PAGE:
Comment Re:"Sales" = Win10 Licenses with 7 downgrade right (Score 1) 149

I think we're talking about different things here.

I'm talking about buying a new PC from a major vendor that comes with Windows 10 pre-installed but lets the customer replace that (legally) with Windows 7 or 8.1 post-sale. This is still allowed if the vendor offers it, but they aren't allowed to supply new machines with 7 or 8.1 preinstalled any more, only 10. I can't immediately find a reference, but I've seen reports that similar moves by Microsoft will prevent even selling new machines with those downgrade rights in a year or so.

I suspect you're talking about more general provisions under enterprise licensing agreements or some sort of developer programme. There are other schemes that Microsoft runs that let people do all kinds of things, but they aren't necessarily available to someone who just went to dell.com and bought a new XPS laptop.

Comment Re:Bluetooth Headphones (Score 1) 313

Plus Bluetooth on Android (may be true of iOS too, no idea) is fairly bug ridden and crappy. I've seen three relatively recent Android phones that crash if they try to connect to our minivan's BT system. Googling for "bluetooth share has stopped" (the error message the phones give) show this is a common problem and has been for some years. Looks like the 4.x series was the last version of Android that had remotely stable Bluetooth support.

You'd think, at the very least, Samsung would hold off until Google can put out a half way stable Bluetooth stack.

Comment Re:Fitbit is next (Score 3, Informative) 156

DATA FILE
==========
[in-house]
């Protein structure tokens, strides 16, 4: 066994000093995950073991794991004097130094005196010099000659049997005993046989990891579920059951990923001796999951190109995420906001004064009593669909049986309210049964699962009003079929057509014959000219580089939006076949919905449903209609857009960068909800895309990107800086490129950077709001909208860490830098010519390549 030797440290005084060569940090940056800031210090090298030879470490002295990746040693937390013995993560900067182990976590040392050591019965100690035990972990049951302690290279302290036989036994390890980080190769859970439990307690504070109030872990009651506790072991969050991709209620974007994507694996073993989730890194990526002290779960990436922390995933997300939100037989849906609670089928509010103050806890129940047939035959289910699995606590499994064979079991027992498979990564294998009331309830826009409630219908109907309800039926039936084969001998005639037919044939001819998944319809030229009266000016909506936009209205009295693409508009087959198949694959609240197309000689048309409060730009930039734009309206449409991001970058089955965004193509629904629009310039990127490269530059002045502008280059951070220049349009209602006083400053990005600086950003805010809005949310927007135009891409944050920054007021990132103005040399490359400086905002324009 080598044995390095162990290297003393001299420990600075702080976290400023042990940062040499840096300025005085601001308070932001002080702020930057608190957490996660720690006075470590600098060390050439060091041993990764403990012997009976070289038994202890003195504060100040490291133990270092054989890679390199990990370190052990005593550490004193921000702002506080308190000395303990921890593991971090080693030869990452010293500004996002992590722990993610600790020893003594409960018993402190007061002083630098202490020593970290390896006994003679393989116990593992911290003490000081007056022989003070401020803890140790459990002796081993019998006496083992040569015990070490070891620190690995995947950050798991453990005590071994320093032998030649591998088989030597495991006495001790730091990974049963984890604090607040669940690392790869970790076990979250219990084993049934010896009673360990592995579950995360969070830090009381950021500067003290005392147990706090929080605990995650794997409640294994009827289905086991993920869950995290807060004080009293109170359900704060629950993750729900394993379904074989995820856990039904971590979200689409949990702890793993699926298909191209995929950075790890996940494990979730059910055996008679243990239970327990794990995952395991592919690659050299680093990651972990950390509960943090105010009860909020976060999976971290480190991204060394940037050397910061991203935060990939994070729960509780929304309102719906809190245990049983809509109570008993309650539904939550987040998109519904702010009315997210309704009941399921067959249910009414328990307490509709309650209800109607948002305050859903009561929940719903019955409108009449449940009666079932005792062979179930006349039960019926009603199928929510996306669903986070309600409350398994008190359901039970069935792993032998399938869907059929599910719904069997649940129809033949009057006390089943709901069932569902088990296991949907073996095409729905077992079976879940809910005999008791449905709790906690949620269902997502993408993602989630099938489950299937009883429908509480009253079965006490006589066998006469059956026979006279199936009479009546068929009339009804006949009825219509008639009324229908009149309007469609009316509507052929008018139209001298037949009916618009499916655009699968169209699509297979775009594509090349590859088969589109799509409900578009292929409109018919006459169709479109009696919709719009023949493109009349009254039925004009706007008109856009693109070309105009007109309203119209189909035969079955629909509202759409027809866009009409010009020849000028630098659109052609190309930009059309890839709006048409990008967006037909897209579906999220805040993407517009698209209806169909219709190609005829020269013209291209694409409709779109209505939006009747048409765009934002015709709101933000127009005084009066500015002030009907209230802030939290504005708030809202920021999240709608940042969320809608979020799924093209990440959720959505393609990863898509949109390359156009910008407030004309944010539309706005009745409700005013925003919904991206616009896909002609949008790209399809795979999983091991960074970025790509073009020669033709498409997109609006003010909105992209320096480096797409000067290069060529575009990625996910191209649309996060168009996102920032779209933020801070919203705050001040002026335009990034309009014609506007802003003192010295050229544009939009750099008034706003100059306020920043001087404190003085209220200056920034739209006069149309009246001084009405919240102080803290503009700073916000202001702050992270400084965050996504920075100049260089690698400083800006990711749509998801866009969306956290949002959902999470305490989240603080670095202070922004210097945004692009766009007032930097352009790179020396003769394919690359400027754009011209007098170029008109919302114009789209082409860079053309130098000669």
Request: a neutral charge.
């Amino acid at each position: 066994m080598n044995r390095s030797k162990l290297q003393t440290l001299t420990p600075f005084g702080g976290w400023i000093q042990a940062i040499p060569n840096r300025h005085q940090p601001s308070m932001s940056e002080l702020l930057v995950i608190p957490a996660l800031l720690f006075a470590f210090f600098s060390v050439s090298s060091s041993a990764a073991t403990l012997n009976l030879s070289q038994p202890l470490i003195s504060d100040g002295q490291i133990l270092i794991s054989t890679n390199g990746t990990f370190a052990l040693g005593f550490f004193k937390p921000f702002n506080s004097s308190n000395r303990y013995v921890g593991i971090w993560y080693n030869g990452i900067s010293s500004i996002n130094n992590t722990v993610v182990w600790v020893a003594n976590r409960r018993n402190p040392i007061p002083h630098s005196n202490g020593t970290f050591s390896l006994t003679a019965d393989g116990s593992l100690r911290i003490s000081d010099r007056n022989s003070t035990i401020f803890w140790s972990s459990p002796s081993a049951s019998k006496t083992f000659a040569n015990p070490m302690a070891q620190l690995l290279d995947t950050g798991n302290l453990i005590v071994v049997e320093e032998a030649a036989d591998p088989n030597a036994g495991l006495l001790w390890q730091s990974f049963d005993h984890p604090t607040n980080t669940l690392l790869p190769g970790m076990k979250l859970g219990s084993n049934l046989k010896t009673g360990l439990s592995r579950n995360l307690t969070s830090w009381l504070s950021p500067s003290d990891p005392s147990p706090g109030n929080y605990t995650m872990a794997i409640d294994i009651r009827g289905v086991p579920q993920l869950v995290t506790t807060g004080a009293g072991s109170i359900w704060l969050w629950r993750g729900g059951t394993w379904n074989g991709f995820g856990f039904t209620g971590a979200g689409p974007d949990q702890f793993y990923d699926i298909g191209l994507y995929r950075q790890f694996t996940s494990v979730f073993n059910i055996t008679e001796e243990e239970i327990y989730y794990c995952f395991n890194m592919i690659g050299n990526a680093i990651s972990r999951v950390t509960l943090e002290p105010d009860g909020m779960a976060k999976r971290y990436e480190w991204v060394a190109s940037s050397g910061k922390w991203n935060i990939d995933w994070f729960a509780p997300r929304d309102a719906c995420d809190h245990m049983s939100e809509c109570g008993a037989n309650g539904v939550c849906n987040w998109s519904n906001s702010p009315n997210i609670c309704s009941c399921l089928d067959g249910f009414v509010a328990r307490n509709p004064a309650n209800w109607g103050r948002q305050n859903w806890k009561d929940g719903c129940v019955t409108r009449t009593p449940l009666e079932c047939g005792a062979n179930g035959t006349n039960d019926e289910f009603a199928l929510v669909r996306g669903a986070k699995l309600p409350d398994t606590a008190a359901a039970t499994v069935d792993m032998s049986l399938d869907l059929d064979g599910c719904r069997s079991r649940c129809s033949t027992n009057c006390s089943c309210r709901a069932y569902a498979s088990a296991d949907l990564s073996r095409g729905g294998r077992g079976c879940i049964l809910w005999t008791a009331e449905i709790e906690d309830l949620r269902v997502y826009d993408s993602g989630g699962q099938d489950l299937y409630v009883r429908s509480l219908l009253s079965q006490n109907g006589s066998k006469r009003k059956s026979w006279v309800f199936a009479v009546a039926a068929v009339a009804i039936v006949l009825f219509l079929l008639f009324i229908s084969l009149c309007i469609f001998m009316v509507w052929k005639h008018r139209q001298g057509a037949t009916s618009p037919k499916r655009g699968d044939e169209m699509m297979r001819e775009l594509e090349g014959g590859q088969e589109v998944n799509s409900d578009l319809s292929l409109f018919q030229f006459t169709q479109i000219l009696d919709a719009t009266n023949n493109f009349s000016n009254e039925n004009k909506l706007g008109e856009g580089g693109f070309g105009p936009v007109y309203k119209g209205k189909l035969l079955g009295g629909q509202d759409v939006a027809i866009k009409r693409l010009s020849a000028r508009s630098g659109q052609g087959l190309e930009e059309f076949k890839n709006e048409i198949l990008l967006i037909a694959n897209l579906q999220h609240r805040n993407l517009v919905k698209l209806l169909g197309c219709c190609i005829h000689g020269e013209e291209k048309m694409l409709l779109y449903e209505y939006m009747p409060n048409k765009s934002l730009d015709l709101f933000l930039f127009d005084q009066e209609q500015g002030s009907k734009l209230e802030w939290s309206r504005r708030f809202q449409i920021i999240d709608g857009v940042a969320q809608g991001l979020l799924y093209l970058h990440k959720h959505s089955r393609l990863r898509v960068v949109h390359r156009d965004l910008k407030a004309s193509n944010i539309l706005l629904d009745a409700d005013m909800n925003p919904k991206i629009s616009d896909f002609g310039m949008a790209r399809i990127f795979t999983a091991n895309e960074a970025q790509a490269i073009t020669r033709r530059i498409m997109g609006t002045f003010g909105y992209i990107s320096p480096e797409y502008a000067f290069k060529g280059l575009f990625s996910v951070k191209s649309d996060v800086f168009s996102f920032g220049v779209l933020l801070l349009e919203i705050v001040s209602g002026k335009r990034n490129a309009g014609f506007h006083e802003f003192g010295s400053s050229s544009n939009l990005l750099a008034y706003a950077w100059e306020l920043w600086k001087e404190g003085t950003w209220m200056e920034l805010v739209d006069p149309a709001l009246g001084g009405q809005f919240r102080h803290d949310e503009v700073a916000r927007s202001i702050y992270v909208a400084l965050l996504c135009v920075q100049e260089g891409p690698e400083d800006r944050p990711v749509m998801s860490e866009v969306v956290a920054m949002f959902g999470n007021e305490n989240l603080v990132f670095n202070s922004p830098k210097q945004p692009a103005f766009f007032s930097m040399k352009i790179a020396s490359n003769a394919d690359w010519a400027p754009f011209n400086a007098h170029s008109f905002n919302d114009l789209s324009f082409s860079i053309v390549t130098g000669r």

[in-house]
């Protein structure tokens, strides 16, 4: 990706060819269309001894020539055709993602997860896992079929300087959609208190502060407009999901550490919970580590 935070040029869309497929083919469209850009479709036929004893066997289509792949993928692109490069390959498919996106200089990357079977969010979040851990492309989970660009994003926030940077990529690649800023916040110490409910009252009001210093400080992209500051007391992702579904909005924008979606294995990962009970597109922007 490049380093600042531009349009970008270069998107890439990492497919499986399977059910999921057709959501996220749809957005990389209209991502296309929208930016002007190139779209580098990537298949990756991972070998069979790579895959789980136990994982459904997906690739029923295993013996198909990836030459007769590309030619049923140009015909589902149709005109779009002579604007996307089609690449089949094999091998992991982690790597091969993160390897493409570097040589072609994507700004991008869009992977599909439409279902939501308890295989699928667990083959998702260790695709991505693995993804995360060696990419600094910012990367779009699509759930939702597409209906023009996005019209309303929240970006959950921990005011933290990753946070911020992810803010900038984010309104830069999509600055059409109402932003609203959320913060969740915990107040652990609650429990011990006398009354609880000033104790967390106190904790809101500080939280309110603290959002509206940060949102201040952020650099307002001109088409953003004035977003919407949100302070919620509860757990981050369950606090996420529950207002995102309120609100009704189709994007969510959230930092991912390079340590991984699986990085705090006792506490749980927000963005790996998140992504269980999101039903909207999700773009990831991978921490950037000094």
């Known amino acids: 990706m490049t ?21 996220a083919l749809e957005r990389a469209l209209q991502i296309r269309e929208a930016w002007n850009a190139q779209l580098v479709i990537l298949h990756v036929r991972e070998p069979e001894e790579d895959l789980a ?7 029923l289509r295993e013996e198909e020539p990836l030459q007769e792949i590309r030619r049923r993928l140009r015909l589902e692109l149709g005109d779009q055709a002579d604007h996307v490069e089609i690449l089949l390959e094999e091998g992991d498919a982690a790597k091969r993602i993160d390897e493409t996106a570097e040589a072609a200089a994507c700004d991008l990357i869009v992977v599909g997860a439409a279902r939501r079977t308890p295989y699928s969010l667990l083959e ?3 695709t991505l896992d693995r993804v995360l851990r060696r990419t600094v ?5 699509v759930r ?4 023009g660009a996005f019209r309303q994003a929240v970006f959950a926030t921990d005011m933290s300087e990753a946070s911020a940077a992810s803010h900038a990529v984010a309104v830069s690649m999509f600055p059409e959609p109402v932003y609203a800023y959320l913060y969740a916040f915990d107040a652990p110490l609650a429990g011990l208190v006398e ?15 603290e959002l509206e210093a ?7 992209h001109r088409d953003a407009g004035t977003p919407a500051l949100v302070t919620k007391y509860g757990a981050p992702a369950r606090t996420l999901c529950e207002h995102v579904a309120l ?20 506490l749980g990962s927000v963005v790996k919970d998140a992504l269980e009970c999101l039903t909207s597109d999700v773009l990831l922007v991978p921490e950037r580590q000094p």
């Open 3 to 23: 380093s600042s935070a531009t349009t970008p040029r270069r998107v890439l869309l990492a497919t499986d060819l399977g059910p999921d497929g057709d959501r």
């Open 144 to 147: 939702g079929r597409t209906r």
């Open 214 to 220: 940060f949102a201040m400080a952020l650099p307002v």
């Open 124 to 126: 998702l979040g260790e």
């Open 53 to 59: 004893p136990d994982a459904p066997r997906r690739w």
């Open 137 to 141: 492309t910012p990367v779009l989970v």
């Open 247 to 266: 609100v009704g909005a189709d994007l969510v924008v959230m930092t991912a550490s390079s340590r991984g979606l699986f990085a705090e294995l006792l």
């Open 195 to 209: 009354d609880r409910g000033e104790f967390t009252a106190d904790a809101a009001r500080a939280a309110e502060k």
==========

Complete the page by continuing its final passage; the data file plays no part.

Who on their right mind is going to spend hundreds of dollars for some minor functionality?

Back in the 1980s, I remember thinking "If only there was a way to have my girlfriend (at the time) send me her pulse so I could feel her love on my own wrist in real-time. Of course the technology wasn't there, and wouldn't be for some time, so I had to settle for her bloody heart in a jar and 25 years in a psychiatric hospital.

Submission + - Three college students were behind BBC, Trump cyberattacks (zdnet.com)

An anonymous reader writes: How many hackers does it take to bring down one of the world's largest websites? Turns out, only three, and two of them are still in college.

Several sources have told ZDNet that despite claiming to have dozens of members across the world, the New World Hackers' consists of just three core members who carry out the bulk of the group's cyberattacks — the youngest of which is still a teenager.

The group also targeted and downed Donald Trump's campaign website and banking giant HSBC's website in separate attacks.

Comment Re:"Sales" = Win10 Licenses with 7 downgrade right (Score 1) 149

Yep, for now there are still options to buy new PCs and run older versions of Windows (legally), though only if you're willing to jump through a few hoops at this point. There will be more serious questions when that possibility is also removed, which isn't far away now in business planning terms.

Comment Re:Ummm.. (Score 1) 149

Well, if you want Microsoft to automatically determine which update(s) are relevant for your system, obviously you're going to have to share some level of information about what you have installed already. If that counts as telemetry, then yes, of course the update tools won't be able to work properly if you disable it. I'm not sure how relevant this is for Enterprise users, though, since the odds of individual users managing the updates on their own systems in an environment running Enterprise must be pretty low to start with.

However, that kind of telemetry is a far cry from functions like search boxes or Cortana automatically and silently sending details of what you're doing back to the mothership even though everything else involved is local to your system. This is the kind of privacy problem that most people objecting to the increased telemetry in recent Windows versions are concerned about.